dr generic cialis price compare the stuffed olives and the cool all-wood interior with communal tables.) Purple Pig, check (liked the quartino carafes of Greek chardonnay and the fried brussel sprouts with lemon, thyme and pepper.) But some of my finer food moments in the Windy City lately have happened when I stumbled, cold and hungry, into…" />
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Bridget Gleeson Travel Writer

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Culinary Chicago

Avec, check (liked the stuffed olives and the cool all-wood interior with communal tables.) Purple Pig, check (liked the quartino carafes of Greek chardonnay and the fried brussel sprouts with lemon, thyme and pepper.)

But some of my finer food moments in the Windy City lately have happened when I stumbled, cold and hungry, into lesser-known places.

Topo Gigio, Lincoln Park – A friend and I were on our way to the Chicago History Museum when a sunshine-drenched table for two lured us into this old-school Italian trattoria. We had two steaming bowls of chicken tortellini soup with fresh spinach and parmigiano reggiano, an order of perfectly al dente grilled calamari, and a plate of exquisitely presented tomato and basil bruschetta with prosciutto. The waiter seemed to be from northern Italy; he called us ‘ragazze.’

On the way out, we saw a framed photo of Jerry Seinfeld on the wall. His personal note to the owner said ‘thanks for lending me the stretch pants.’

Hemmingway’s Bistro, Oak Park (pictured above) – Technically, it’s not in the city. And truthfully, I’d heard some very mixed reviews about this place. But since I had company in town and we were doing the Frank Lloyd Wright/Ernest Hemingway circuit in Oak Park, we decided to take a chance on this casual brasserie. And I’m so glad we did. A very friendly waiter, Peter, must have taken a shine to my pretty friend – otherwise I can’t explain why we gave us a complimentary tasting of white wines from France. This was my first time trying a white Bordeaux; we also had a lovely Beaujolais paired with garlicky mussels (for me), an impossibly rich French onion soup (for my friend) and our shared plate of greens with goat cheese wedges.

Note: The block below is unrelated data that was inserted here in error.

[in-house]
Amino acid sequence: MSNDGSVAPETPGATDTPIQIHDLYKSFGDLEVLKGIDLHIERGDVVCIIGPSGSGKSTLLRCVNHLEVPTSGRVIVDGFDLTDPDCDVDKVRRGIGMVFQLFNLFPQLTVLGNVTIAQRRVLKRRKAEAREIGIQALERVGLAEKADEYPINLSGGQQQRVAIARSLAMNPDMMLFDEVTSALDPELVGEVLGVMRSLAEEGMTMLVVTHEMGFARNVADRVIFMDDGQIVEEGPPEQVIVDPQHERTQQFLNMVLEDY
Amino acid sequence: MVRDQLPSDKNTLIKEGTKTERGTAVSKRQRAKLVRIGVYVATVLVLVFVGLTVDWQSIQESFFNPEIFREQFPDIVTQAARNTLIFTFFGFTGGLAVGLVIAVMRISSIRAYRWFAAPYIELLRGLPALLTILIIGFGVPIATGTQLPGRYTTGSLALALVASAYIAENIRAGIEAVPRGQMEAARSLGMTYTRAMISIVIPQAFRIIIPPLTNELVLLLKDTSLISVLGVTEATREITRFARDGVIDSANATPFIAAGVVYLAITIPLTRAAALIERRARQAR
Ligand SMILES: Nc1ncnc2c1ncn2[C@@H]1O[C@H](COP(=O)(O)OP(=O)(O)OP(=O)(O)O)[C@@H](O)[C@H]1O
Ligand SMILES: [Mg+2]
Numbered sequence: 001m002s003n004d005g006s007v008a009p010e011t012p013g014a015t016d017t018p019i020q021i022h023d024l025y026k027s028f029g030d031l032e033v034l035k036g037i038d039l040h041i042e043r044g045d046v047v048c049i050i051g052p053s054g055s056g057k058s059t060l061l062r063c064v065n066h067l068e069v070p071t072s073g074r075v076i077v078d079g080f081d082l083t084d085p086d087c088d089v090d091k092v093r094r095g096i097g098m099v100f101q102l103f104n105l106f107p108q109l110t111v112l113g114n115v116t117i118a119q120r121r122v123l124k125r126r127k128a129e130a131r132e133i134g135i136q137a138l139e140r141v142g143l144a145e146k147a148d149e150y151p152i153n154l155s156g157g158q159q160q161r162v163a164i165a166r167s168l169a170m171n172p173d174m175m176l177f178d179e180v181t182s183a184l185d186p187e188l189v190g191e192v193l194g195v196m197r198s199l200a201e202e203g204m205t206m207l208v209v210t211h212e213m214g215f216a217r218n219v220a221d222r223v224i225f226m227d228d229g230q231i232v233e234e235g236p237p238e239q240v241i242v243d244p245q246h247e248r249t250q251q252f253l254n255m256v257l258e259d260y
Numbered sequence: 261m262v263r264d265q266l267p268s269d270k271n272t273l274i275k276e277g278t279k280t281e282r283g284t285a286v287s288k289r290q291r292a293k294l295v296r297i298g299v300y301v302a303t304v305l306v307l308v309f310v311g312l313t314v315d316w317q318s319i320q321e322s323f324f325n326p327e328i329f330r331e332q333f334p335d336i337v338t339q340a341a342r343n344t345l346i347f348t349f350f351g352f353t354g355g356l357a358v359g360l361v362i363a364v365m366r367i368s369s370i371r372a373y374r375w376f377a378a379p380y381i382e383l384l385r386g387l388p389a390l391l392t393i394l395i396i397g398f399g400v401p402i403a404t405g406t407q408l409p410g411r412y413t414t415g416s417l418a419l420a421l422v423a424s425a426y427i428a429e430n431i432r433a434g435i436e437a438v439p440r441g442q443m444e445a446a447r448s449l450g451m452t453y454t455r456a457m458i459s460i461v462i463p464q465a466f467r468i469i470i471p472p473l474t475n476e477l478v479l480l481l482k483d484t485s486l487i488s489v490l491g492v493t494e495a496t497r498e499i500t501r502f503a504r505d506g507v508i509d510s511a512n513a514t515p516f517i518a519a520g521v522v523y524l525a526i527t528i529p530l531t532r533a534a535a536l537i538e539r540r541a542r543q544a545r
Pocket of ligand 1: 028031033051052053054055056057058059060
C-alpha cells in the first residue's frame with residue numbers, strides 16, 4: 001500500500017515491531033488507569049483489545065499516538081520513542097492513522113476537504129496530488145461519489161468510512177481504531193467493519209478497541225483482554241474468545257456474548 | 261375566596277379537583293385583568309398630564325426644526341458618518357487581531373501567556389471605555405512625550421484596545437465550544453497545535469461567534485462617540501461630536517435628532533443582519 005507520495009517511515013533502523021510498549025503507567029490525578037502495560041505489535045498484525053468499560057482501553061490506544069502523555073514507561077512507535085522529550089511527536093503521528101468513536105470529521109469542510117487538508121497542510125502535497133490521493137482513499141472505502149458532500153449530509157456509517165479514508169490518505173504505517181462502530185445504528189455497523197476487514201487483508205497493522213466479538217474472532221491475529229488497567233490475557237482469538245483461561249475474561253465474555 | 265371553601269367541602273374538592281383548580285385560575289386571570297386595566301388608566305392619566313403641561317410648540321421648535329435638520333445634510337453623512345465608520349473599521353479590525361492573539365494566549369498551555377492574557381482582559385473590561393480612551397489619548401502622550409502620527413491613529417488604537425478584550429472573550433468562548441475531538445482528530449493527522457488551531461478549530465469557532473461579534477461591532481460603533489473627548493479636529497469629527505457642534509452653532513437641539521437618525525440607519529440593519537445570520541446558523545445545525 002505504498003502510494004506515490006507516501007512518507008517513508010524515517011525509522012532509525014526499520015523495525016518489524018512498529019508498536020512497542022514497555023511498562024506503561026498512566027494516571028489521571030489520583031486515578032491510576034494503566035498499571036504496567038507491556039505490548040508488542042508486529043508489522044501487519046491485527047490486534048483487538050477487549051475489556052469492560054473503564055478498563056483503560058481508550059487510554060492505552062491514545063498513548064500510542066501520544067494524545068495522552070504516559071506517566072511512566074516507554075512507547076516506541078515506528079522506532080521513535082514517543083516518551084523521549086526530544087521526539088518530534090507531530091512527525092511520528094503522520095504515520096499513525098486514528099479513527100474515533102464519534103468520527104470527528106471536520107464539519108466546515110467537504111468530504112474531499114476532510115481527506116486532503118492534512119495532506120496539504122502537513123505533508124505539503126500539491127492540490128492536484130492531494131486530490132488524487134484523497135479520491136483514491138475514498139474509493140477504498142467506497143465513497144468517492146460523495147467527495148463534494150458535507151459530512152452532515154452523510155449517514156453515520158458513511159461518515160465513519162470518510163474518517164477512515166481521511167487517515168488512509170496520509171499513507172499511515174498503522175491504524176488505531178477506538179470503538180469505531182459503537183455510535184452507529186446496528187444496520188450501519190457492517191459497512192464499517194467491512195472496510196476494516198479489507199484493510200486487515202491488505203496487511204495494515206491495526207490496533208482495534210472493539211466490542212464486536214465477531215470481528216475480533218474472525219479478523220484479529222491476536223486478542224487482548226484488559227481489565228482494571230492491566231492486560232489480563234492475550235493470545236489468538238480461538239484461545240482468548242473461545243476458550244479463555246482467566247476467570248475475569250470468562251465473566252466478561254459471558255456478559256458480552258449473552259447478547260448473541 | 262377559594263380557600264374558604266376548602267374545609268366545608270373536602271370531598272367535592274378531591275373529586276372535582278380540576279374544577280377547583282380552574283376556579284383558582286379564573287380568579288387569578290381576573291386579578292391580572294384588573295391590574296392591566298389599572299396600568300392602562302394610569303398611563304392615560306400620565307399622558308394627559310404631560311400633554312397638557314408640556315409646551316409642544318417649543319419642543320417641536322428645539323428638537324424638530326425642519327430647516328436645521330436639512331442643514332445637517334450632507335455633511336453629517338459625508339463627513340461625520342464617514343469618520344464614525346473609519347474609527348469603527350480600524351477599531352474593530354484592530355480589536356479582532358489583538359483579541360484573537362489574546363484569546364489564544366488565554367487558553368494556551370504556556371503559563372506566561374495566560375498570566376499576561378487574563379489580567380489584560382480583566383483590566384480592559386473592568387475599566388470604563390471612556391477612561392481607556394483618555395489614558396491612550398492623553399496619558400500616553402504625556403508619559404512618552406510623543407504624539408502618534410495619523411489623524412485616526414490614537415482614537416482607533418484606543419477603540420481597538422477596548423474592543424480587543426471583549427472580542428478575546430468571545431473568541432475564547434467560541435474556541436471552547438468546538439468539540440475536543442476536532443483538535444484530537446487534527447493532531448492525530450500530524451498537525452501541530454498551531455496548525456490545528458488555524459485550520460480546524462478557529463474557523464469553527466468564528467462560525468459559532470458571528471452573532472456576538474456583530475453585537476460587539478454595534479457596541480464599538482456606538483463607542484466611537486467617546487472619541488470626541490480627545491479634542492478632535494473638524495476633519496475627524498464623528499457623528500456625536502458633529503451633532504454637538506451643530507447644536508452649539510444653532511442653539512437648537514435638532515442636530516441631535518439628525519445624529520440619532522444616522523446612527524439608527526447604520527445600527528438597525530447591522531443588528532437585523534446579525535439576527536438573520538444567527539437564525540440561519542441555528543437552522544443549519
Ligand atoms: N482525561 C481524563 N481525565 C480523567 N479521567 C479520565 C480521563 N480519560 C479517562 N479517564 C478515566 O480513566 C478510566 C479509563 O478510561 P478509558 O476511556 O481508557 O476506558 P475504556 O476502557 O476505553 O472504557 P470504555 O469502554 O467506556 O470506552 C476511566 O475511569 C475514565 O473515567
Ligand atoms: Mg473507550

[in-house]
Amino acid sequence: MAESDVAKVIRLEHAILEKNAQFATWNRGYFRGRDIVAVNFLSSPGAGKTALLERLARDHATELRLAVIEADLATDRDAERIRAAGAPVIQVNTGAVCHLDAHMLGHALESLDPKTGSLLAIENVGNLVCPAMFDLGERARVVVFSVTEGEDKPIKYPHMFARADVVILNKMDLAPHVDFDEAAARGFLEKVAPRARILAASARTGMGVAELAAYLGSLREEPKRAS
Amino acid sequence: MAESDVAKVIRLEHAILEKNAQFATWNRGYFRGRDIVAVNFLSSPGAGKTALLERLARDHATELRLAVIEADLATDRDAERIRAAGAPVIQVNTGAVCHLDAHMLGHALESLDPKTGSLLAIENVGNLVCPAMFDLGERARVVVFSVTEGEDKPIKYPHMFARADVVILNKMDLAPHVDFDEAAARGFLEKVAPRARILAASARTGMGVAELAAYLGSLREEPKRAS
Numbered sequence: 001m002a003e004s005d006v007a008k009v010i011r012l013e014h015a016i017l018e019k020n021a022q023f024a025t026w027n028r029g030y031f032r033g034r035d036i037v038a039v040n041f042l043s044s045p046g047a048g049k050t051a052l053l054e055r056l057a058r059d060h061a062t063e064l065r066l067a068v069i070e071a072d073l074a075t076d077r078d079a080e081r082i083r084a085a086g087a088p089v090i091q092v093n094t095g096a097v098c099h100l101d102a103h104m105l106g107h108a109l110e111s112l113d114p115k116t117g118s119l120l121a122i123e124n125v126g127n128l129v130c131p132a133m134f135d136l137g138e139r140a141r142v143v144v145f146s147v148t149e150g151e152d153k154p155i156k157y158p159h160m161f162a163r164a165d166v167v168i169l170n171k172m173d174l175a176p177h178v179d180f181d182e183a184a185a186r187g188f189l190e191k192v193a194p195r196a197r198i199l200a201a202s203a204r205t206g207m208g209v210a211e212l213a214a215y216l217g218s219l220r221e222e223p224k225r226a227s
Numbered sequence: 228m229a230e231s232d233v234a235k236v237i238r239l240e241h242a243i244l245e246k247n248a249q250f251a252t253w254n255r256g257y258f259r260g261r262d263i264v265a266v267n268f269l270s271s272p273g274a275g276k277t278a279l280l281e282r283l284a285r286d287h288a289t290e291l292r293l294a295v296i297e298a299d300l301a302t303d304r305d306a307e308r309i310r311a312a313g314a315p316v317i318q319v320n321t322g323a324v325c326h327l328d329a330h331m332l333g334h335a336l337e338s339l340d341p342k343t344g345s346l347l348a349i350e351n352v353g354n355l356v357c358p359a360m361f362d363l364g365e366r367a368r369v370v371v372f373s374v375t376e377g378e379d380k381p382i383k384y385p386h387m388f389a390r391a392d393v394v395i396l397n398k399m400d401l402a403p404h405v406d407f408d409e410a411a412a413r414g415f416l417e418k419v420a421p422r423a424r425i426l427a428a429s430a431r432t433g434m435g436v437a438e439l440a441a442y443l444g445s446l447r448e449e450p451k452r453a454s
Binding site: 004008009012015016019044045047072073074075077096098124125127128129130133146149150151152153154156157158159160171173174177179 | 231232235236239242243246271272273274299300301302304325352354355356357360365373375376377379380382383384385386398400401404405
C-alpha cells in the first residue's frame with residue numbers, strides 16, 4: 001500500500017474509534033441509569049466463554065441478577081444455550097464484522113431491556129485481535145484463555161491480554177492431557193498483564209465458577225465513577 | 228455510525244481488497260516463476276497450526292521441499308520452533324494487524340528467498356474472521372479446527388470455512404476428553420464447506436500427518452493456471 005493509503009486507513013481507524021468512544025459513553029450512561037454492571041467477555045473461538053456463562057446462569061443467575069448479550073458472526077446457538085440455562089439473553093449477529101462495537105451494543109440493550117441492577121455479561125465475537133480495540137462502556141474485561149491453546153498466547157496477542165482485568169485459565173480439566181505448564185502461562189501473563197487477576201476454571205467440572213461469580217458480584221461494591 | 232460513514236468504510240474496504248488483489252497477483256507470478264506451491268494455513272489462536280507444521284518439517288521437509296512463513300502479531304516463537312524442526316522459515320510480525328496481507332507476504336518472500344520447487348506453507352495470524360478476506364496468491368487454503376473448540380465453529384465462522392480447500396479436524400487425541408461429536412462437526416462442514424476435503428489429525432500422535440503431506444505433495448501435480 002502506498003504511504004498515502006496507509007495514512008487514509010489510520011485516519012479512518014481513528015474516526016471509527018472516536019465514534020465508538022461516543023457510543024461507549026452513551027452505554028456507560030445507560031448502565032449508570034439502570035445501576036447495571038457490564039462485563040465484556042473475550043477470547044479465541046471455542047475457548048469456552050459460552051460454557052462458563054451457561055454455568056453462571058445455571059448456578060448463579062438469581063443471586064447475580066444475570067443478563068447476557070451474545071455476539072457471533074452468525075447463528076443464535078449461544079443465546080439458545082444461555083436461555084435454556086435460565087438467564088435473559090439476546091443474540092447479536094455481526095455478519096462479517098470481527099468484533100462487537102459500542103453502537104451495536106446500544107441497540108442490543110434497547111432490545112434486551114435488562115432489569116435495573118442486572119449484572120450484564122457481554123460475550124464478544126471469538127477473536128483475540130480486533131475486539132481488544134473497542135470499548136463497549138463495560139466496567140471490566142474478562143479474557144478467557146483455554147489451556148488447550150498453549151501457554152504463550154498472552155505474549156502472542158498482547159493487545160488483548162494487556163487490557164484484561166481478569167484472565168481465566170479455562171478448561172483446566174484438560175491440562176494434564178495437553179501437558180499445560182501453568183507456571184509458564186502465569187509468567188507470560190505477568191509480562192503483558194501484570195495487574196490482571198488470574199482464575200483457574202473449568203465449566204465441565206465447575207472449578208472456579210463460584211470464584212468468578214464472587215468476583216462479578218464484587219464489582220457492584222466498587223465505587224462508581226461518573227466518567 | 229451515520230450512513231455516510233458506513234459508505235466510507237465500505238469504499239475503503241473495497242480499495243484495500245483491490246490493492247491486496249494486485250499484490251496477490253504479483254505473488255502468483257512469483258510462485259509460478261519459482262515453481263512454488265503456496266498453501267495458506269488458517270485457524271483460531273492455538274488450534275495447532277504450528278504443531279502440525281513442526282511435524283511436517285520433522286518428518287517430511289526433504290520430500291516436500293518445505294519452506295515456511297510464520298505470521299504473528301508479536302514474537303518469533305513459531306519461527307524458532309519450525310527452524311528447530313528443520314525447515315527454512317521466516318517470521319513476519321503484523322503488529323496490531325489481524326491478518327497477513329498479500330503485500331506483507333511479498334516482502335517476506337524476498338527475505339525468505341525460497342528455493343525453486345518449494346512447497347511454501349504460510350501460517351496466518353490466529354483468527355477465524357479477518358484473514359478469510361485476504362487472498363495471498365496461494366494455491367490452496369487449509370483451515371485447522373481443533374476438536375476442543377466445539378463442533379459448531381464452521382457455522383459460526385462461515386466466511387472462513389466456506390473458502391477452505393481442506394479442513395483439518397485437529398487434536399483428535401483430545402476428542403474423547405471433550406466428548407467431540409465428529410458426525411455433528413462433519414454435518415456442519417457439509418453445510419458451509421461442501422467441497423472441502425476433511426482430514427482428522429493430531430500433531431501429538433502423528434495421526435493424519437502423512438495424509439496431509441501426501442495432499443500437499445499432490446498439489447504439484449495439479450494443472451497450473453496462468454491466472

After all of these treats, it’s a wonder I was able to hold my head up to look at the museum exhibits afterwards. And I can confirm that Ernest’s love affair during WWI (the relationship that famously inspired A Farewell to Arms) involved a Red Cross nurse who was really gorgeous by any standards. I often find myself wondering why the ‘great beauties’ of yesterday seem plain in the harsher light of 2011 – while reading Zelda last year I kept flipping to the photo insert, staring at old photos of Zelda Fitzgerald and trying to figure out why she was considered so ravishing in her day. But that’s another story.

I want to say that I did like the French food at Hemmingway’s Bistro and therefore I am willing to forgive the extra ‘M’ they’ve tacked onto the writer’s name. I know you were wondering about that little detail.